How Wal-Mart shapes the world
Research by David Neumark, economics Chancellor's Professor and Center for Economics & Public Policy director, is quoted in The American Prospect April 19, 2012
From The American Prospect:
Wal-Mart casts a global shadow across the lives of hundreds of millions of people, whether or not they ever enter a Supercenter. With $405 billion in sales in the last fiscal year, Wal-Mart is so big, and so obsessively focused on cost-cutting, that its actions shape our landscape, work, income distribution, consumption patterns, transport and communication, politics and culture, and the organization of industries from retail to manufacturing, from California to China.... The preponderance of research tells a different story. The net effect of Wal-Mart entering a local market is to reduce local employment, reduce area wage rates and total payroll (especially in retail), eliminate other businesses (especially small shops and small chain stores that directly compete with Wal-Mart), and raise poverty rates. University of California, Irvine, economist David Neumark and colleagues reported in a 2007 study that "on average, Wal-Mart store openings reduce retail employment by about 2.7 percent, implying that each Wal-Mart employee replaces about 1.4 employees in the rest of the retail sector."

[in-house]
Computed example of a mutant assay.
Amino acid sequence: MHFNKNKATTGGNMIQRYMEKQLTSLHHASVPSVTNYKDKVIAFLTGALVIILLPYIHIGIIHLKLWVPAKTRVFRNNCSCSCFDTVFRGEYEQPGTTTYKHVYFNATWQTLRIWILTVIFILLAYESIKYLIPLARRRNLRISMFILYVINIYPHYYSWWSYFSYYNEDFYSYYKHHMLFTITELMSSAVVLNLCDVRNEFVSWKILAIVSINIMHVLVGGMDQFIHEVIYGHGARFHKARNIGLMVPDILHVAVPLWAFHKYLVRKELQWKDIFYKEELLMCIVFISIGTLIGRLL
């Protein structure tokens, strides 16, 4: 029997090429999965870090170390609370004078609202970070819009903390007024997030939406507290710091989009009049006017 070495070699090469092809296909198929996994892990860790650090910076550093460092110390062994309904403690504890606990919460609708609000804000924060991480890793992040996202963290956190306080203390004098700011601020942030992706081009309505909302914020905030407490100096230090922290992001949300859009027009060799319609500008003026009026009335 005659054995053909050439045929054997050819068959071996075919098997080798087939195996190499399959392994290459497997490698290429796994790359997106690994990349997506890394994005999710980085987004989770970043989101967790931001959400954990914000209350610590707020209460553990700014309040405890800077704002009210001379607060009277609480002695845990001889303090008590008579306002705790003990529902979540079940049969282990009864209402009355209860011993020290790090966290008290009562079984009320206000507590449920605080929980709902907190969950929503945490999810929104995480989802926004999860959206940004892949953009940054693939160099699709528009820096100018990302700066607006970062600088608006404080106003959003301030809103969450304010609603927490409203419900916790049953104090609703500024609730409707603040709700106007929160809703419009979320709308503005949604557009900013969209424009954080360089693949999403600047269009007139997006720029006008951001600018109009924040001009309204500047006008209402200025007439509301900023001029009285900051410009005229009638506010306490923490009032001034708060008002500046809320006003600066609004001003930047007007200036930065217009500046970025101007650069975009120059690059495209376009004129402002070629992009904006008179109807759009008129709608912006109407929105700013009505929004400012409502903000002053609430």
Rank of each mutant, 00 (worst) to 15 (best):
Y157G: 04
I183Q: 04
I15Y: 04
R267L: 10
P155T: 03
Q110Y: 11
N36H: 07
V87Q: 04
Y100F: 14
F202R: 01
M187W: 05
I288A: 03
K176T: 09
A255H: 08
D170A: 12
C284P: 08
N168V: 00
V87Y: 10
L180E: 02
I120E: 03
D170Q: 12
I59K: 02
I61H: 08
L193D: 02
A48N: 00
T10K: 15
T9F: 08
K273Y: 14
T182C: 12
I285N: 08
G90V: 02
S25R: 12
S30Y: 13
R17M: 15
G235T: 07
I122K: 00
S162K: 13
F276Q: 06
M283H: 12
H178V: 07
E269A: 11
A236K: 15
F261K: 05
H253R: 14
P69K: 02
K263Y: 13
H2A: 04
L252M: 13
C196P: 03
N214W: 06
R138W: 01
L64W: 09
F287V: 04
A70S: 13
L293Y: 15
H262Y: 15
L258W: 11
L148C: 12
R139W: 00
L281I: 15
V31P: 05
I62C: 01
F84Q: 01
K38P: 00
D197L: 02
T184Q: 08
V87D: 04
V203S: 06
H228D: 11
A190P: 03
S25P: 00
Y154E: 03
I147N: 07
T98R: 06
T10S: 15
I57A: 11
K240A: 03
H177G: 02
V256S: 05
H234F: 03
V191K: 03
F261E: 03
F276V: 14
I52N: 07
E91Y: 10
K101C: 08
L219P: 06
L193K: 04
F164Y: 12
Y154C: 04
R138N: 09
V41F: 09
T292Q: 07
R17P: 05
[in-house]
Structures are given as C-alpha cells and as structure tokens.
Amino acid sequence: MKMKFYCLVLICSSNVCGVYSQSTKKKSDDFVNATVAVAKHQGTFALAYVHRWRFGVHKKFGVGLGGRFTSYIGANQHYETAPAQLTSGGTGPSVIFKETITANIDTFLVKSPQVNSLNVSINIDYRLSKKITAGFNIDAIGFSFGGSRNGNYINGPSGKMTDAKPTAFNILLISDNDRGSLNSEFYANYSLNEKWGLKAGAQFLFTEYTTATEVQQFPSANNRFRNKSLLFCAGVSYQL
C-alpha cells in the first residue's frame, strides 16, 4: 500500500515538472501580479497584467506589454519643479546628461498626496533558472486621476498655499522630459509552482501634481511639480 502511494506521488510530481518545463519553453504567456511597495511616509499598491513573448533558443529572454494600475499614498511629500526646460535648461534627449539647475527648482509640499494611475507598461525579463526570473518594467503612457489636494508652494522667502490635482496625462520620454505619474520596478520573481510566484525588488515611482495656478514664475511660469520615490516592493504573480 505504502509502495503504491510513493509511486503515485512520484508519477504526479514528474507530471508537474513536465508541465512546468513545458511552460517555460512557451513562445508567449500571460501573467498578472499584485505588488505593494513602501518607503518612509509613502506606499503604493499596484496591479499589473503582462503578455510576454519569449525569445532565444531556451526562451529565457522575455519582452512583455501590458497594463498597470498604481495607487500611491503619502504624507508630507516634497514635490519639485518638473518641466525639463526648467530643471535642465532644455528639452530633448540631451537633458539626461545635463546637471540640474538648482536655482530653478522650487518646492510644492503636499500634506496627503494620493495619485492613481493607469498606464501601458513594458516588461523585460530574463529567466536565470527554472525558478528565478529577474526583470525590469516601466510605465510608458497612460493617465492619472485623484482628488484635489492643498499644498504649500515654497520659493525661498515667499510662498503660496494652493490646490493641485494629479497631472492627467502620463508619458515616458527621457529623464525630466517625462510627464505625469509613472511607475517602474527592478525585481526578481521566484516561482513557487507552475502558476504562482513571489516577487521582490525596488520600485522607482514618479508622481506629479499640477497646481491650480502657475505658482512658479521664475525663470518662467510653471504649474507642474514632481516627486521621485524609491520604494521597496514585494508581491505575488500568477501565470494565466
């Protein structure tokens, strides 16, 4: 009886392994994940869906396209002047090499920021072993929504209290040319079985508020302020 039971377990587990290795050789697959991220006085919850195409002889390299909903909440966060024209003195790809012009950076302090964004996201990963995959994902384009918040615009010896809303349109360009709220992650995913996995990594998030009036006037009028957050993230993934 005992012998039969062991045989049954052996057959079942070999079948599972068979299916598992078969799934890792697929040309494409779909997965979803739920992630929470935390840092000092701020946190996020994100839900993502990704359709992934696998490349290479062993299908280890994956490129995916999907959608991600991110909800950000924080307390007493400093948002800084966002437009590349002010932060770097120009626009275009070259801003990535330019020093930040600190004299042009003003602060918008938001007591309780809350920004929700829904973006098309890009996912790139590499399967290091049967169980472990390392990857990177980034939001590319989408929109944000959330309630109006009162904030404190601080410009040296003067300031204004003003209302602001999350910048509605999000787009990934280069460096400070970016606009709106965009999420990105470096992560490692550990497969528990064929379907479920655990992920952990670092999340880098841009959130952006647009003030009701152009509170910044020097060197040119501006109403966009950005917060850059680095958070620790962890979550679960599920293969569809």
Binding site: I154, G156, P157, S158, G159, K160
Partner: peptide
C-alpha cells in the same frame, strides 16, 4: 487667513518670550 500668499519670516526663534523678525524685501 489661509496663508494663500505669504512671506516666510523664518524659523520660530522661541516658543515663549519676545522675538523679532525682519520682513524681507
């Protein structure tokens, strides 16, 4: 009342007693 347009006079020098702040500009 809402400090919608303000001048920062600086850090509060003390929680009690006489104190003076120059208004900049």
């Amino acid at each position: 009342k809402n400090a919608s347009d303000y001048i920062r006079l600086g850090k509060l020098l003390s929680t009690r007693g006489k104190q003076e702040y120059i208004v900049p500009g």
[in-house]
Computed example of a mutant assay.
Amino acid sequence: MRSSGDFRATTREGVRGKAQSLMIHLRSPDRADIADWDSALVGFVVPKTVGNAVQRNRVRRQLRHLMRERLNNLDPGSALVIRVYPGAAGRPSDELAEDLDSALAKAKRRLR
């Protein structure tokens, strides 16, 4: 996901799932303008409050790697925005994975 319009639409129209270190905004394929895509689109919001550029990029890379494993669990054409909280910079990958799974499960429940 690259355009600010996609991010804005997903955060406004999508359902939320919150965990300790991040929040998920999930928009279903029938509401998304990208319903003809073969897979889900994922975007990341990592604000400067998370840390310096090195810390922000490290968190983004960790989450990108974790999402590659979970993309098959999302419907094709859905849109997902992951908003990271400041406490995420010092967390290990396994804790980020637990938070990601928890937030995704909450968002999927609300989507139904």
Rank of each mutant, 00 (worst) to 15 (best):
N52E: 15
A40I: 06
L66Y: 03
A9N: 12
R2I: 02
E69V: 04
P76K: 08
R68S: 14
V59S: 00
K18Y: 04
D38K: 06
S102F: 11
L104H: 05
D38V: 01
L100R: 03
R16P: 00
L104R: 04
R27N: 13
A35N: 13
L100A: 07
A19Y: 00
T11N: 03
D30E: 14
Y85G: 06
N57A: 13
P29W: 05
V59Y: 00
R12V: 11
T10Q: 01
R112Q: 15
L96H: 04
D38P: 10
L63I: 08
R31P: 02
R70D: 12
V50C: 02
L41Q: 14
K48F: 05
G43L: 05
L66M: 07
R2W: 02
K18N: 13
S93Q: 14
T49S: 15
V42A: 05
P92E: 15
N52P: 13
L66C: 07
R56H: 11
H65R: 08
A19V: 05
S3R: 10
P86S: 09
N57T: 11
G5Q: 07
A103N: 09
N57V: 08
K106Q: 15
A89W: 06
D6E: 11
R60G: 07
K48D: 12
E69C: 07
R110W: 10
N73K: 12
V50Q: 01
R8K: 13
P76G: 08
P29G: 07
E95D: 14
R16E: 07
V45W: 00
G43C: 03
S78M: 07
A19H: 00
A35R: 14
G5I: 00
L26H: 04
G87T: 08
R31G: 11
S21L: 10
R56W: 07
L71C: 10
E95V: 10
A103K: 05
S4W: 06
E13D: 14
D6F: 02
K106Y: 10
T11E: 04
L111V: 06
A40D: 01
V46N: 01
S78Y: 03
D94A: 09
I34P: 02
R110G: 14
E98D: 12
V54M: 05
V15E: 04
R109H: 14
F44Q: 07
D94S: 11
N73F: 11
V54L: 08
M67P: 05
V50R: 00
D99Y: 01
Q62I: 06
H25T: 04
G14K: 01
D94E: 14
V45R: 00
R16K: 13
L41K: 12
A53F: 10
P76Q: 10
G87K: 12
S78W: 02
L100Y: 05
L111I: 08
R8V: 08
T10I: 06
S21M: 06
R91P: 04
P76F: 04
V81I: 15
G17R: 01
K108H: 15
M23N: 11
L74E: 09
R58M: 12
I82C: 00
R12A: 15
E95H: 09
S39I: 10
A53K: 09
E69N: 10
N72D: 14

For the full story, please visit http://prospect.org/article/how-wal-mart-shapes-world.